505-699-1135

Oct. 23, 2020

USDA approves New Mexico hemp production regulatory plan

NMDA aims to implement new plan for growers licensed after Oct. 31, 2020

Haga clic aquí para la versión en español.

LAS CRUCES – The United States Department of Agriculture approved the New Mexico Department of Agriculture’s state hemp production regulatory plan last week.

States that seek to have primary authority over the regulation and production of hemp in their home jurisdiction were required by the 2018 U.S. Farm Bill to complete a state plan for review and approval by the USDA.

Hemp-Outdoor
The United States Department of Agriculture approved the New Mexico Department of Agriculture’s state hemp production regulatory plan on Oct. 16, 2020 as required by the 2018 U.S. Farm Bill. Although New Mexico’s hemp statutes, rules and policies implemented for the 2019 and 2020 growing seasons already closely aligned with the 2018 U.S. Farm Bill, the newly-approved state plan provides clarity and uniformity among states. The plan includes outdoor hemp cultivation as pictured in this photo. (Photo courtesy New Mexico Department of Agriculture)

The hemp industry has potential for more job opportunities in the future, whether it’s field production or greenhouse production, or value-added products from extractors, manufacturers, specialty stores and hemp breeding operations. The New Mexico Economic Development Department expects to generate some 400 jobs from hemp-related businesses throughout New Mexico from its Local Economic Development Act funding.

“I have prioritized hemp production since day one,” said Gov. Michelle Lujan Grisham. “It can be an economic game-changer for our agricultural communities, creating jobs and building opportunity. I’m grateful for this next step and I look forward to more.”

“New Mexico joins 27 other states who have had their plan approved by USDA,” said New Mexico Agriculture Secretary Jeff Witte. “Allowing the state to continue regulatory oversight is ideal for producers and others involved in the New Mexico hemp industry. USDA-approved plans provide uniformity among states, as everyone is held to the same standards.”

Although New Mexico’s hemp statutes, rules and policies implemented for the 2019 and 2020 growing seasons already closely aligned with the 2018 U.S. Farm Bill, the newly-approved state plan provides more clarity.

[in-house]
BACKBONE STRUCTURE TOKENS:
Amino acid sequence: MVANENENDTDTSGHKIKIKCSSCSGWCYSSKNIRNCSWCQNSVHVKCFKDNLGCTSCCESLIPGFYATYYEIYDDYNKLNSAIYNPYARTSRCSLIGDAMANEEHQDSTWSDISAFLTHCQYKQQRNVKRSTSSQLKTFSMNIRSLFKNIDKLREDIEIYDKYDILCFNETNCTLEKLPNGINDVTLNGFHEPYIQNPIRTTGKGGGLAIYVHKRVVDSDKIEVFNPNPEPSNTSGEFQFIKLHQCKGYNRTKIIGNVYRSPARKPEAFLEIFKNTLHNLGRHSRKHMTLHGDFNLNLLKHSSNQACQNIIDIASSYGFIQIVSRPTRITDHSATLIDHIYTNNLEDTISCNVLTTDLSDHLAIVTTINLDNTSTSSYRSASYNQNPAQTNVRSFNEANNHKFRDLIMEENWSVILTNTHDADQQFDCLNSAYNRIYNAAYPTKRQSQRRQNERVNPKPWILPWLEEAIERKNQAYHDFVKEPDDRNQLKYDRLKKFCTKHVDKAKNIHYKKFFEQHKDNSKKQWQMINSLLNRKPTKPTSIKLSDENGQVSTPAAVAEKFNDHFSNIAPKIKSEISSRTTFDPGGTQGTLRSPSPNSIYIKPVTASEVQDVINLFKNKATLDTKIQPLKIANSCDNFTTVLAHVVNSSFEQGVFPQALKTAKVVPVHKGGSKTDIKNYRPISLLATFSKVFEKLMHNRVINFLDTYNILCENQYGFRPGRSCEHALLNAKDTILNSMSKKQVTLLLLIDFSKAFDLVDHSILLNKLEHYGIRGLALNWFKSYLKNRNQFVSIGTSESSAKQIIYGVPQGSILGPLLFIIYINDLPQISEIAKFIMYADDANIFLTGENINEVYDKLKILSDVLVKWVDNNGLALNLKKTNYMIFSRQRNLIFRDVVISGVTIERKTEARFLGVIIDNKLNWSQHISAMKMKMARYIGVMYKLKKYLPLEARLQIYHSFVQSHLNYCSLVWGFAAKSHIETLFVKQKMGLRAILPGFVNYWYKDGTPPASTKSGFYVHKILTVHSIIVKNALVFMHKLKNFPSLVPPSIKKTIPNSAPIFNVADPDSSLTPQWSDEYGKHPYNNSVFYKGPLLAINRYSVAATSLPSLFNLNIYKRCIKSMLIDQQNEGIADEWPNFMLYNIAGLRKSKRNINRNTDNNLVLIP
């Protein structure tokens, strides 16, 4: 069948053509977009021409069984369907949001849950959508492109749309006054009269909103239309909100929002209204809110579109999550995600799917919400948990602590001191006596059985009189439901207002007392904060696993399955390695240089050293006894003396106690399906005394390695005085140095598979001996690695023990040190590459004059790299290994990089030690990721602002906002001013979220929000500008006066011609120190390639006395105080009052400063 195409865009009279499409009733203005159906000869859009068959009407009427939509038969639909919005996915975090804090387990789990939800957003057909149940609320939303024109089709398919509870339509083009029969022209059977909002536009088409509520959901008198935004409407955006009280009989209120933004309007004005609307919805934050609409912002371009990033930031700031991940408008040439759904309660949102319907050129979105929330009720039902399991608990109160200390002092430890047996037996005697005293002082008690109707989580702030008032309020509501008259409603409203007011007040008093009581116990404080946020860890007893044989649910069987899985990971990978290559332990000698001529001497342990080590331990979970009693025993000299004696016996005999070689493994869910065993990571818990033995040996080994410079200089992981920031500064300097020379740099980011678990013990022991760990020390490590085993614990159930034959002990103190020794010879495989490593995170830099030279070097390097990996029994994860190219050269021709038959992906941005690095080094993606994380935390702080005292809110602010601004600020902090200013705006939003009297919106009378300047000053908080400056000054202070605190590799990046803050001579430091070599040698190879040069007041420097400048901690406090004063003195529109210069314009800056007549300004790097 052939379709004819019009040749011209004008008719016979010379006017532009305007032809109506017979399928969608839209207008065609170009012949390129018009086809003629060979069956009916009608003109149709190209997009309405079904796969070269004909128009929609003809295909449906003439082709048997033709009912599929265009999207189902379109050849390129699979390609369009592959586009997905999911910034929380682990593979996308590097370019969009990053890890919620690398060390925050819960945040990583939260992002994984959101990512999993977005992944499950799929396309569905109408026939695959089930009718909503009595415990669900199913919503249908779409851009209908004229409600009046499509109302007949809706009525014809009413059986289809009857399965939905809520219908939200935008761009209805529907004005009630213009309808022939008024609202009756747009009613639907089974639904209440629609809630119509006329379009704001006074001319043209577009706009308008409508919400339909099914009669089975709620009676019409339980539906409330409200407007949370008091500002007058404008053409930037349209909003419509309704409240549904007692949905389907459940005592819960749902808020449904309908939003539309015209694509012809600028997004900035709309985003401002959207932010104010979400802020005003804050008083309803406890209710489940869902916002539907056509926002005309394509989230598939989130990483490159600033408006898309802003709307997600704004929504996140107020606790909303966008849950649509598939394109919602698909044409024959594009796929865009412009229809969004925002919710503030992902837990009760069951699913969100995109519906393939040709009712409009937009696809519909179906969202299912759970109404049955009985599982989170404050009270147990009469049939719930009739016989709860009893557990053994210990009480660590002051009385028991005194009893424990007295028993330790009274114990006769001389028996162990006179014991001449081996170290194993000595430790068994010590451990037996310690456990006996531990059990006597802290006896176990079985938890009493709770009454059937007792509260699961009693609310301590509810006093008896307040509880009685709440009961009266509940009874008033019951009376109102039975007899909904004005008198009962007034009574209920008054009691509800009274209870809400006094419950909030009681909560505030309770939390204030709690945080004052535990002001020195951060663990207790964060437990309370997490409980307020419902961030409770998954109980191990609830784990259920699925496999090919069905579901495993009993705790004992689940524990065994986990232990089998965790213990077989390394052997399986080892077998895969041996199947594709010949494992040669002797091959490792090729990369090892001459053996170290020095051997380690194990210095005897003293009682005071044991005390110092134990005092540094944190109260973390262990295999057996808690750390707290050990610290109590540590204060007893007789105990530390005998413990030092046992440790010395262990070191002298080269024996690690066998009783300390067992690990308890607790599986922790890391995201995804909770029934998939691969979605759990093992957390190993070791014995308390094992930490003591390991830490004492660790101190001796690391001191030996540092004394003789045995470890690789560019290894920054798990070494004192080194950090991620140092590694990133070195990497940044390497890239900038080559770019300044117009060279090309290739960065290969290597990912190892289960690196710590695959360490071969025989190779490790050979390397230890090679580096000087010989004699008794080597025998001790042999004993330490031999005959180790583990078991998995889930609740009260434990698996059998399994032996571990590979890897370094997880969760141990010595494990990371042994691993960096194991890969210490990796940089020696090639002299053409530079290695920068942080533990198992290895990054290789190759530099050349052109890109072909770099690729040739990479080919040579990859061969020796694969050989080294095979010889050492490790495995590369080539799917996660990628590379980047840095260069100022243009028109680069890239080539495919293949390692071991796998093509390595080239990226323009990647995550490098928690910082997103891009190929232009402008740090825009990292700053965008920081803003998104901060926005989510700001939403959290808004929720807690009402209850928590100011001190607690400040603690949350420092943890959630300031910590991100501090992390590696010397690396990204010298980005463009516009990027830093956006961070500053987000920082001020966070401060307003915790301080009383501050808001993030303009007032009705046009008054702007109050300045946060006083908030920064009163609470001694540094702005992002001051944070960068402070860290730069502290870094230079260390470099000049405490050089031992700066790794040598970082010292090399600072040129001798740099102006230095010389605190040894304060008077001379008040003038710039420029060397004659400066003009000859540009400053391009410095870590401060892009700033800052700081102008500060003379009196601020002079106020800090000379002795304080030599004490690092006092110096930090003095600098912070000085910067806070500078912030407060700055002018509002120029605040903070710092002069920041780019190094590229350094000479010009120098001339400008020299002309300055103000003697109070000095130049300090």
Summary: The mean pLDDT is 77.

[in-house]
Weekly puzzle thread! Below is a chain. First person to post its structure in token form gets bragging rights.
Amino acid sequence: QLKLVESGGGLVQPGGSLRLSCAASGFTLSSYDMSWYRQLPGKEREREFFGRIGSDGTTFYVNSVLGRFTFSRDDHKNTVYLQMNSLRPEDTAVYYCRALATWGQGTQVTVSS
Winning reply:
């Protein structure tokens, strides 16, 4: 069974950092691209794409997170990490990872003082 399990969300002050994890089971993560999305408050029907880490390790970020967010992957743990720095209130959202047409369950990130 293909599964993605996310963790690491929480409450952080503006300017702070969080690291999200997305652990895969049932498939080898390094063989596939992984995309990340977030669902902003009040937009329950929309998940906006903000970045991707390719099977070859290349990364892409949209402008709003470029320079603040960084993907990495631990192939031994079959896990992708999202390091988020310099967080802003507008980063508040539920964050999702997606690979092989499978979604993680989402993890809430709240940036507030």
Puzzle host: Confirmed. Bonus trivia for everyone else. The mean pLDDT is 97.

Hemp-Indoor
The United States Department of Agriculture approved the New Mexico Department of Agriculture’s state hemp production regulatory plan on Oct. 16, 2020 as required by the 2018 U.S. Farm Bill. Although New Mexico’s hemp statutes, rules and policies implemented for the 2019 and 2020 growing seasons already closely aligned with the 2018 U.S. Farm Bill, the newly-approved state plan provides clarity and uniformity among states. The plan includes indoor hemp cultivation as pictured in this photo. (Photo courtesy New Mexico Department of Agriculture)

The approval of the state plan is encouraging for banks, as they work with the emerging hemp industry, according to Jerry Walker, Independent Community Bankers Association of New Mexico President and Chief Executive Officer.

“The USDA’s approval of New Mexico’s hemp plan is good news for growers and producers of hemp in our state and for our community banks who provide loans and other banking services to this burgeoning industry,” said Walker. “The diligent efforts of the NMDA will pay dividends for years to come as the industry grows and matures. New Mexico’s community banks have been pleased to support this effort and the economic development that will benefit many areas of the state. ”

New Mexico’s Hemp Manufacturing Act and Hemp Cultivation Rule legalizing and regulating hemp were initially promulgated in 2018. The first production licenses in New Mexico were issued in January 2019.

New Mexico’s plan may be viewed in its entirety at https://www.ams.usda.gov/sites/default/files/media/NewMexicoHempPlan.pdf.

###

Find us at:
www.nmda.nmsu.edu
Facebook, Twitter and Instagram: @NMDeptAg
YouTube: NMDeptAg
LinkedIn: New Mexico Department of Agriculture

Grant Opens Door to Find Ways to Improve Our Land, Water and Economy


FOR IMMEDIATE RELEASE:

Contact: Tracey Stone
The Nature Conservancy
tstone@TNC.ORG
602-738-1586

Oct. 14, 2020

Grant Opens Door to Find Ways to Improve Our Land, Water and Economy

Haga clic aquí para la versión en español.

ALBUQUERQUE – Actions that create healthy soil for agriculture, clean air to breathe and that prevent severe wildfires that send dangerous smoke into the atmosphere are universal and immediate goals. Yet climate change looms large, threatening our health and economy. Thanks to a United States Climate Alliance grant, new doors will open to meet ambitious greenhouse gas (GHG) reduction goals in New Mexico and Colorado.

The Nature Conservancy (TNC) in New Mexico and Colorado, along with New Mexico’s Department of Agriculture (NMDA) and Energy, Minerals & Natural Resources Department, are collaborating on a project that will improve working lands – ranches, farms and productive forests – for generations to come.

“We have a long way to go and not very much time,” said New Mexico Gov. Michelle Lujan Grisham. “Our planet, and our state’s priceless natural resources, require diligent and science-driven action. With aggressive clean energy goals, we’re on our way. And when the stakes are this high, every step in the right direction is meaningful.”

How will the partners accomplish this? First, we need science. Using publicly available data, remote sensing, and advanced climate modelling, TNC will generate estimates of carbon reductions through agricultural practices, forest management and avoided land conversion. Then, a broad group of stakeholders will develop and vet scenarios.

“By quantifying the potential to reduce greenhouse gas emissions, we can develop and promote practices and policy that will create a cleaner and stronger economy,” added Nina Carranco, TNC’s director of external affairs in New Mexico. “Natural climate solutions will play a key role as they draw on the power of nature to remove carbon dioxide from the atmosphere and store it in healthy soils and forests.”